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special feature clim ate phil anthropy af ter paris p49

Philanthropy’s role in Foundations have been essential to the process,

representing a quarter of the total divestment com-

mobilizing green finance mitments.2 Undoubtedly, actors in the philanthropic

sector are ideally placed to leverage their financial
clout and strong networks to achieve meaningful
Mark Campanale and Iancu Daramus change. In Europe, for example, the Ashden and Mark
Leonard Trusts have galvanized over 30 foundations
worth over $8 billion to divest. Moreover, the argu-
While a diplomatic triumph, the Paris Agreement must overcome ment that divestment is ineffective because there
major challenges in its implementation. With the International will always be buyers for the divested stock is quickly
Energy Agency estimating $15 trillion of investments required losing ground – the Bank of England has admitted
to meet the targets agreed, the philanthropic sector can play investors shunning fossil fuels could be one of the
a crucial role in mobilizing finance for success, divesting its drivers of the oil price slump. 3
own assets from fossil fuels and investing in new and existing
sustainable energy sources, while promoting robust capital But divestment alone is not enough. It must be ac-
markets which can deliver an economy geared to preventing companied by a steady stream of investment into
dangerous climate change. low-carbon technology. Not just into R&D for an ‘en-
ergy miracle’, but also into the deployment of currently
Philanthropic organizations can encourage the rebal- available technologies and best practices. As we speak,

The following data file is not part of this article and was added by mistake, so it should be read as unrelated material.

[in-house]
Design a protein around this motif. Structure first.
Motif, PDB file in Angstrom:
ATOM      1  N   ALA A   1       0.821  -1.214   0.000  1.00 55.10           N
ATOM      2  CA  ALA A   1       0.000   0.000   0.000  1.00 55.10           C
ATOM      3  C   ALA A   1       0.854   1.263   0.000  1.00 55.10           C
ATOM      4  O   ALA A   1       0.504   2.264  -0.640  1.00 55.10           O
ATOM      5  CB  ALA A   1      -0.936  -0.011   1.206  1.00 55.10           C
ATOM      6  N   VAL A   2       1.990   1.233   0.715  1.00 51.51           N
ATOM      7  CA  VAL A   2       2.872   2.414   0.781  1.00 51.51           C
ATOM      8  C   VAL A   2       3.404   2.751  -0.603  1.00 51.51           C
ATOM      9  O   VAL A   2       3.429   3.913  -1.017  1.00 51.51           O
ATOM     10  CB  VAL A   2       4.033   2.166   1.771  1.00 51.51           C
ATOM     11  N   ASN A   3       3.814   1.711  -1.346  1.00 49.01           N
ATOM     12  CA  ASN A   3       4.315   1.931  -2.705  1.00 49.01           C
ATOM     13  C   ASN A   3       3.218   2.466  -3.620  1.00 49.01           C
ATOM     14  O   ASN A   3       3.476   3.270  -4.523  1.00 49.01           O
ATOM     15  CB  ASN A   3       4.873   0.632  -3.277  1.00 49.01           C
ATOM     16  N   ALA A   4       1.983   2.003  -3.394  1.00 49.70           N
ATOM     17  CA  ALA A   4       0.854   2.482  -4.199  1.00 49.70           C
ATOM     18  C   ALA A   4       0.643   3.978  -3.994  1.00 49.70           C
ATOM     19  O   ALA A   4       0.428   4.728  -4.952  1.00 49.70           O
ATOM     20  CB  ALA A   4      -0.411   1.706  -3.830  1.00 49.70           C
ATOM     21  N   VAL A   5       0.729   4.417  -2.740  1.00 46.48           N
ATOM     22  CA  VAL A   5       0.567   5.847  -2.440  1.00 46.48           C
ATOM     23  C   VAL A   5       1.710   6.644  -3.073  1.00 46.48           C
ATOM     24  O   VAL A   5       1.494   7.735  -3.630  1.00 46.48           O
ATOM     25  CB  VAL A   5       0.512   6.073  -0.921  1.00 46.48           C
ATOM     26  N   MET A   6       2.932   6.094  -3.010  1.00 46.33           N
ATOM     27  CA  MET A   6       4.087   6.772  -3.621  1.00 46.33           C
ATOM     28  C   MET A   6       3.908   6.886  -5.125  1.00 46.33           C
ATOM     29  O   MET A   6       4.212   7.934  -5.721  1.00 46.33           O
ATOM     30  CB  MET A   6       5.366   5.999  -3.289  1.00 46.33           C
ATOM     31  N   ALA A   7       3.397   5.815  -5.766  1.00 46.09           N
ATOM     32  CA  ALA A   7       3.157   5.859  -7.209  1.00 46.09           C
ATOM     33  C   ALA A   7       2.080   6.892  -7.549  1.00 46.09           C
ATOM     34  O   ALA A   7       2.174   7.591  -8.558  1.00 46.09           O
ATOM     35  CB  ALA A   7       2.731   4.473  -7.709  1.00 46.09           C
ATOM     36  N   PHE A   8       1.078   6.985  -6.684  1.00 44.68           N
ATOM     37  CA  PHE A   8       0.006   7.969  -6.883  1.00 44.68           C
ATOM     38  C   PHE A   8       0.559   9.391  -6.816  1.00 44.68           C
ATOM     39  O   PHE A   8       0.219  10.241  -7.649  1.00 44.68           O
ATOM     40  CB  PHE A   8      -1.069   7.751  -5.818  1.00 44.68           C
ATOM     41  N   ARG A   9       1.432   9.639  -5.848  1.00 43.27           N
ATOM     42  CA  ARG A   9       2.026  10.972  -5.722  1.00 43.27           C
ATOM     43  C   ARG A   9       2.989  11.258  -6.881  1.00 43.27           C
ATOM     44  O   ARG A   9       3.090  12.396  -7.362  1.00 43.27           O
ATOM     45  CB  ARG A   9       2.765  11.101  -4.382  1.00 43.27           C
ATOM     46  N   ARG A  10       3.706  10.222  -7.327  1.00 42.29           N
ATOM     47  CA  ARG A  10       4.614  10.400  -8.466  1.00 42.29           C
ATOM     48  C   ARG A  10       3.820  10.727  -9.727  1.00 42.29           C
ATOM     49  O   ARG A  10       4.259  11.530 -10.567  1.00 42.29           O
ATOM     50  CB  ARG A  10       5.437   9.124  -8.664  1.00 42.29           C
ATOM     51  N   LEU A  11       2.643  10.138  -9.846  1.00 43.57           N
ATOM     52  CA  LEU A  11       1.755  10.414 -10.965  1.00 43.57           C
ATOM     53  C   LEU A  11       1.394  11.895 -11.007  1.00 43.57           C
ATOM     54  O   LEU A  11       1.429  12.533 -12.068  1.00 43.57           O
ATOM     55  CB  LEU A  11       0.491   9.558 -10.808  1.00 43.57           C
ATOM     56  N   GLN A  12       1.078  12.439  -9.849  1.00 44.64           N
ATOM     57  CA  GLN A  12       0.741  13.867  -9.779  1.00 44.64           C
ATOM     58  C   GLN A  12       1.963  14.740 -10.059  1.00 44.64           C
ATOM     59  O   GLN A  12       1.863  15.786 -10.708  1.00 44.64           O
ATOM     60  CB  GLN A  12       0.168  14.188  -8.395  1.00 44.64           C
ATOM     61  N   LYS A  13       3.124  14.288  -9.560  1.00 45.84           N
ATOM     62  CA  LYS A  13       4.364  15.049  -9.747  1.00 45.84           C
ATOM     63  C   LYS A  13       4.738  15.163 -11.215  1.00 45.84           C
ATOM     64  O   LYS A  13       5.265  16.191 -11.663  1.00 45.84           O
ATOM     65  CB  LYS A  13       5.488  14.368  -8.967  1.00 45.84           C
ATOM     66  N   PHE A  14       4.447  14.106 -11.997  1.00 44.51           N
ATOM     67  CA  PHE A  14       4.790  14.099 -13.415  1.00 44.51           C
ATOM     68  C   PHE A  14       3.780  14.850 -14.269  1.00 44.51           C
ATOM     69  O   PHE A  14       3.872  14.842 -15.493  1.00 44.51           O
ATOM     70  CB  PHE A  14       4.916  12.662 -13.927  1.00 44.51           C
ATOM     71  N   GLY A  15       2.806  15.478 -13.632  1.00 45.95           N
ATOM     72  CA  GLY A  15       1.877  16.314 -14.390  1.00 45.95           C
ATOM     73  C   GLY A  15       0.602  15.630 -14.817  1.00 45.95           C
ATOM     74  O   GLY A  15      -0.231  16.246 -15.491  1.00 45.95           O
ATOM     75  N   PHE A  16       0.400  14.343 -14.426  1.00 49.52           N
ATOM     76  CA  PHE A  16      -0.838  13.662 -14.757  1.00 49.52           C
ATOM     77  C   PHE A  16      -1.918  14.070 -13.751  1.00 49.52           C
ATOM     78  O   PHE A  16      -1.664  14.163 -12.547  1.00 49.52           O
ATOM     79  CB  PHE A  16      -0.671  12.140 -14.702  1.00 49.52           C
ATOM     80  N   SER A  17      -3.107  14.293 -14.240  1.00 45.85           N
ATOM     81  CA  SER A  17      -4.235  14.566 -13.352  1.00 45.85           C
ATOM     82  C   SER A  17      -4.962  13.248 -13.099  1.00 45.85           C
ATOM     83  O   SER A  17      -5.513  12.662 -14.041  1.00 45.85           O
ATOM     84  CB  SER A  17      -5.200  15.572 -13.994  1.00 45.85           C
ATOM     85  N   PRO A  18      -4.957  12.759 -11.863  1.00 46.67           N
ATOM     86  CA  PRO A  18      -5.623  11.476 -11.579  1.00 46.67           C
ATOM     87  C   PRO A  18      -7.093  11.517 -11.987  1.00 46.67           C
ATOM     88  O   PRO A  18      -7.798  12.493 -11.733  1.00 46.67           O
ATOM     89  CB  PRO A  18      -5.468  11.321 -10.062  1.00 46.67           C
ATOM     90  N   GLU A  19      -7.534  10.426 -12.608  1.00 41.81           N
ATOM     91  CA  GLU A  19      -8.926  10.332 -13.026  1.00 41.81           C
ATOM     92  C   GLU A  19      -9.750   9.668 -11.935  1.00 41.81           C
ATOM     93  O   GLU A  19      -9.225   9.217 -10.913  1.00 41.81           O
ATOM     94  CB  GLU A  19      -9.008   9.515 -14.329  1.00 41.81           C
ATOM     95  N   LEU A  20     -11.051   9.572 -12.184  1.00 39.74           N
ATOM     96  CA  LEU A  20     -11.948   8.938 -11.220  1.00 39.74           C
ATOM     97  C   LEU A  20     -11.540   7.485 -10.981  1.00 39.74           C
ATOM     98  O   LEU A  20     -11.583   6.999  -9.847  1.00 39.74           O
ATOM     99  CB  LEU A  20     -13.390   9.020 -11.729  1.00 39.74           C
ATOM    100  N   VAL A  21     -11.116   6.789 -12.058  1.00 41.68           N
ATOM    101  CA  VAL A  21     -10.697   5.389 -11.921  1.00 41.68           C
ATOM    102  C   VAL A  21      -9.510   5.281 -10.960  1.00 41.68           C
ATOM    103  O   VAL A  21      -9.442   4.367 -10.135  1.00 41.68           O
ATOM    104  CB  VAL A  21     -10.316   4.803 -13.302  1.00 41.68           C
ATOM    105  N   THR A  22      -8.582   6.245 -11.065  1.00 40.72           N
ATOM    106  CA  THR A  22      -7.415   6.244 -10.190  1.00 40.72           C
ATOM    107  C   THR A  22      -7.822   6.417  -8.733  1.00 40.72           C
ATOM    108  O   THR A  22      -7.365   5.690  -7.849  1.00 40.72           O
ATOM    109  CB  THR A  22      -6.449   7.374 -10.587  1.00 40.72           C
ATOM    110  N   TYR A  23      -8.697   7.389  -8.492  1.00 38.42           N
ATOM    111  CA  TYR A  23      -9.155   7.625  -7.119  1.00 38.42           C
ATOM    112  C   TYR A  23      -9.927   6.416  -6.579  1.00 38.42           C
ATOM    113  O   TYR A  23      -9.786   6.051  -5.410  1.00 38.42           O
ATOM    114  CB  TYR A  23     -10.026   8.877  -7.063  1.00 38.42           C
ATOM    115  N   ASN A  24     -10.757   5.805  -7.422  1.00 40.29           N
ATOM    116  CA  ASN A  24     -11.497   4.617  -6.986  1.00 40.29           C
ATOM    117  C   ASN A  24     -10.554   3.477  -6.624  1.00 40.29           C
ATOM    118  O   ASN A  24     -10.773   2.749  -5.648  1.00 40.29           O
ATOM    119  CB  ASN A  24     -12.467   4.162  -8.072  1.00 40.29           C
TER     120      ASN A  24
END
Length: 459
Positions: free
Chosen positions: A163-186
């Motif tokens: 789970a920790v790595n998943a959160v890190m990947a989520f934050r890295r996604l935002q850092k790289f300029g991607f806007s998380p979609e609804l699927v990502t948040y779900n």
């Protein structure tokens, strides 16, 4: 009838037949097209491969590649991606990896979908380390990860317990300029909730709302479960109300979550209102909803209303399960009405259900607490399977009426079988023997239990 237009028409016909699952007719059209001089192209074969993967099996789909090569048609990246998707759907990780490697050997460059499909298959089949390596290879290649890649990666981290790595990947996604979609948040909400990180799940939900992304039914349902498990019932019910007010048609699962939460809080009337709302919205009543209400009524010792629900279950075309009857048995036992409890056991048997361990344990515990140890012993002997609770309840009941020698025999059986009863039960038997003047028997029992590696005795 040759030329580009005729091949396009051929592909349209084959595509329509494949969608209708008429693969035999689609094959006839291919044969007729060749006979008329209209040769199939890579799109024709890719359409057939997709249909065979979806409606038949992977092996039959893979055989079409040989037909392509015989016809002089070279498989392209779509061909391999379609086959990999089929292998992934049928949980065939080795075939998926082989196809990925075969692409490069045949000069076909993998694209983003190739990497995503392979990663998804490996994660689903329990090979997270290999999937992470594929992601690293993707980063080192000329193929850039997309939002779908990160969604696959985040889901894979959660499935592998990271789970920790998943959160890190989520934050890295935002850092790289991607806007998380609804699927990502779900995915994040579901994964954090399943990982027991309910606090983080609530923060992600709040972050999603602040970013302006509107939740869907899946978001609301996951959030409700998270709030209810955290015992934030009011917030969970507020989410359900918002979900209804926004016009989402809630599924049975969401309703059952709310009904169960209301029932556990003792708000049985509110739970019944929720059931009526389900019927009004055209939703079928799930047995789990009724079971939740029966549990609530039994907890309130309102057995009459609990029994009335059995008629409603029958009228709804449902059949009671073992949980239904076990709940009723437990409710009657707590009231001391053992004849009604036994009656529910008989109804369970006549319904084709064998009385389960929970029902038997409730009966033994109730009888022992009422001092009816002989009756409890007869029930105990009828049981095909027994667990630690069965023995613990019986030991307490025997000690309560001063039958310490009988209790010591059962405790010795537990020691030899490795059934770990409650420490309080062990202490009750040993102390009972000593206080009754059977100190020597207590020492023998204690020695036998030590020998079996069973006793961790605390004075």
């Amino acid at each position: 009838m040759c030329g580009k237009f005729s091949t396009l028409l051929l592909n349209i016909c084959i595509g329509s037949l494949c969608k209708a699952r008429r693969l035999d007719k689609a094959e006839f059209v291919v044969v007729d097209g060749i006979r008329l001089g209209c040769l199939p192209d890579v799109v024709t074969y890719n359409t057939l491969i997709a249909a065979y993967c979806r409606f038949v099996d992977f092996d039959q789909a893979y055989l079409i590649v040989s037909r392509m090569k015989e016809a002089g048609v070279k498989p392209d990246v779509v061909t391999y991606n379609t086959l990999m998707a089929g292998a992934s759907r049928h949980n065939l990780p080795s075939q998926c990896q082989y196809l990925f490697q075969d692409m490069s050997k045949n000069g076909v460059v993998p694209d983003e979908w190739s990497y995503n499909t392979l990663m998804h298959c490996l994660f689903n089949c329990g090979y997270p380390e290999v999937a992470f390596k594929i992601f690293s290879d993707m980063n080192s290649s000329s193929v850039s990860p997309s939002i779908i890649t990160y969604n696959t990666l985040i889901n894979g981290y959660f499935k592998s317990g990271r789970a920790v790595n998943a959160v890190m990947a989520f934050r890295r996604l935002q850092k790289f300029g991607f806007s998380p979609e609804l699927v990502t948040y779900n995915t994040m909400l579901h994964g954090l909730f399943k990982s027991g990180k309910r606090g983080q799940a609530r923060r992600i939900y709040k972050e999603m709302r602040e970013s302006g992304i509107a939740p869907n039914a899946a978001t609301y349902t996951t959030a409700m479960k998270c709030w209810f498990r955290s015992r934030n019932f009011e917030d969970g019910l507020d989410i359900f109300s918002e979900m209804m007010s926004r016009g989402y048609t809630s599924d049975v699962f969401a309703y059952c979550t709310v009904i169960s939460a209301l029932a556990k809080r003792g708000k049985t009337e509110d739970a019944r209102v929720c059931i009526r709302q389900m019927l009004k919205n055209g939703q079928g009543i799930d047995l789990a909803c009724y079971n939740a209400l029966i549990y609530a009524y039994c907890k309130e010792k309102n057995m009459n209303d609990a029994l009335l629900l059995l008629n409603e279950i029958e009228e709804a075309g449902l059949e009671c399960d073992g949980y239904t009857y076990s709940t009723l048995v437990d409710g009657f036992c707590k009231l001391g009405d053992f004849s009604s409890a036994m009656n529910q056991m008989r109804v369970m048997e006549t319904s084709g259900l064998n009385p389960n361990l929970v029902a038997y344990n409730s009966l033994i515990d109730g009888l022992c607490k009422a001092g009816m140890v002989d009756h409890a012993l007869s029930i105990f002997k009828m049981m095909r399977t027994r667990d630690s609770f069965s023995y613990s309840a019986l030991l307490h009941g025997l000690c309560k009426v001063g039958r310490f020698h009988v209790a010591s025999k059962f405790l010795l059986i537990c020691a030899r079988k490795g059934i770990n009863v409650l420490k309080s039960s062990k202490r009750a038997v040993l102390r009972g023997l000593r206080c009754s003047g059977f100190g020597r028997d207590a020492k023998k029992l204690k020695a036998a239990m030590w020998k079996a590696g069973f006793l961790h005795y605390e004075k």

ancing of capital markets to take account of climate developing countries are making key choices that
risk. The arguments are clear: to limit the disastrous could lock in high-carbon infrastructure for decades.
effects of global warming, two-thirds of listed fossil Low- or zero-interest loans can leverage finance by a
fuel resources are effectively ‘unburnable’ and must factor of 50,4 and there is no shortage of innovative
stay in the ground. Much-needed climate policies and scalable products to invest in. The Global Innovation
Mark Campanale technological advances will leave these resources Lab for Climate Finance offers examples, from water
is founder and
executive director of
‘stranded’, meaning the world’s stock markets and financing to hedging against currency risks for
the Carbon Tracker pension funds are effectively sitting on what the inde- climate projects.
Initiative. Email
pendent financial think-tank Carbon Tracker coined Clearly, there is growing interest in the conversion
org ‘a carbon bubble’.1 Simply put, fossil fuels represent of national commitments – Intended Nationally
risky investments. Determined Contributions (INDCs), agreed in Paris
Philanthropy made a crucial intervention in climate – into targeted investment. The Call to Action on
research by enabling Carbon Tracker to link the con- Climate Finance, another philanthropically funded
cept of a ‘carbon budget’ to capital markets, funding group of global climate finance and responsible in-
research the mainstream was unwilling to engage vesting organizations, has put forward a three-point
in. Turning an abstract scientific concept into pre- framework of measures to encourage long-term capi-
Iancu Daramus is cise numbers for financial analysts to evaluate had tal allocation from financial markets alongside public
and engagement
the effect of bringing investors and shareholders into finance.5
associate of the the climate challenge. Within four years of Carbon Post Paris, there is growing momentum for green
Carbon Tracker
Initiative. Email
Tracker’s first report, Mark Carney, governor of the finance. The philanthropic sector has been at the
idaramus@ Bank of England, was warning of the financial risks forefront in aligning values and investing, and must
of climate change. Meanwhile, the G20’s Financial continue to lead the way.
Stability Board has begun to draw up guidelines on
1 4
how companies and asset holders should ‘stress test’ bubble-pdf climate/2016/02/23/3752421/
their investments against different climate scenarios 2
and publicly disclose their risks. commitments
5 http://calltoactiononclimate
As well as engaging investors and regulators, the phil- fossilfuels
anthropically funded research also helped to trigger
a powerful social movement in favour of divestment
(see p50). In the same four years, over $3.4 trillion has
been pledged to fossil fuel divestment, by groups as
diverse as the Norwegian Sovereign Wealth Fund, AXA
and Storebrand.

return to contents Alliance Volume 21 Number 2 June 2016